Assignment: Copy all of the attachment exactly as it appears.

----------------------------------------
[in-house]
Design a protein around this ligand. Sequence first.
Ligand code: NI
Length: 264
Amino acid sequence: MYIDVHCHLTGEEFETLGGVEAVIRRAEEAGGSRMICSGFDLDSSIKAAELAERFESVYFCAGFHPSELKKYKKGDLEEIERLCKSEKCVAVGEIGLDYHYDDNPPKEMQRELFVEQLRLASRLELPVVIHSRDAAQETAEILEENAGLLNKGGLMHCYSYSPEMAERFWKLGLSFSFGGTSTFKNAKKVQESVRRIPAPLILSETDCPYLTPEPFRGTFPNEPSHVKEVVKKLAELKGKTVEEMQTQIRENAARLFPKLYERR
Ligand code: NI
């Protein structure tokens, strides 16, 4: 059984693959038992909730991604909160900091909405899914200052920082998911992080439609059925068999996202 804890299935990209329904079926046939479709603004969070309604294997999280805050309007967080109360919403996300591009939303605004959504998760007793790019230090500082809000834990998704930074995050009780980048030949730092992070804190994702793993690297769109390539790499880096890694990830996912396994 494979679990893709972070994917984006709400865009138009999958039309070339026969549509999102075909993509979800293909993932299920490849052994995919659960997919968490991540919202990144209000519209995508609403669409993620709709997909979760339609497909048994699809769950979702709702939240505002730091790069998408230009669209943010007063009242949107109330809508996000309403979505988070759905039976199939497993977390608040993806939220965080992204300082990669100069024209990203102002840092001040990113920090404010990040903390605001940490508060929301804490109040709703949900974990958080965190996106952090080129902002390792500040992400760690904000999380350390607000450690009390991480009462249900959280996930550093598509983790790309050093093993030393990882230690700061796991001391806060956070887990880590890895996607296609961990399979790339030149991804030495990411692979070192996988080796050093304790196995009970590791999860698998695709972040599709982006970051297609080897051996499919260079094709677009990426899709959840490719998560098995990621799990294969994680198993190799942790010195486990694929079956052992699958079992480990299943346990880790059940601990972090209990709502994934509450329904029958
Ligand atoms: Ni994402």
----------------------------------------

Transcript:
[in-house]
Design a protein around this ligand. Sequence first.
Ligand code: NI
Length: 264
Amino acid sequence: MYIDVHCHLTGEEFETLGGVEAVIRRAEEAGGSRMICSGFDLDSSIKAAELAERFESVYFCAGFHPSELKKYKKGDLEEIERLCKSEKCVAVGEIGLDYHYDDNPPKEMQRELFVEQLRLASRLELPVVIHSRDAAQETAEILEENAGLLNKGGLMHCYSYSPEMAERFWKLGLSFSFGGTSTFKNAKKVQESVRRIPAPLILSETDCPYLTPEPFRGTFPNEPSHVKEVVKKLAELKGKTVEEMQTQIRENAARLFPKLYERR
Ligand code: NI
């Protein structure tokens, strides 16, 4: 059984693959038992909730991604909160900091909405899914200052920082998911992080439609059925068999996202 804890299935990209329904079926046939479709603004969070309604294997999280805050309007967080109360919403996300591009939303605004959504998760007793790019230090500082809000834990998704930074995050009780980048030949730092992070804190994702793993690297769109390539790499880096890694990830996912396994 494979679990893709972070994917984006709400865009138009999958039309070339026969549509999102075909993509979800293909993932299920490849052994995919659960997919968490991540919202990144209000519209995508609403669409993620709709997909979760339609497909048994699809769950979702709702939240505002730091790069998408230009669209943010007063009242949107109330809508996000309403979505988070759905039976199939497993977390608040993806939220965080992204300082990669100069024209990203102002840092001040990113920090404010990040903390605001940490508060929301804490109040709703949900974990958080965190996106952090080129902002390792500040992400760690904000999380350390607000450690009390991480009462249900959280996930550093598509983790790309050093093993030393990882230690700061796991001391806060956070887990880590890895996607296609961990399979790339030149991804030495990411692979070192996988080796050093304790196995009970590791999860698998695709972040599709982006970051297609080897051996499919260079094709677009990426899709959840490719998560098995990621799990294969994680198993190799942790010195486990694929079956052992699958079992480990299943346990880790059940601990972090209990709502994934509450329904029958
Ligand atoms: Ni994402």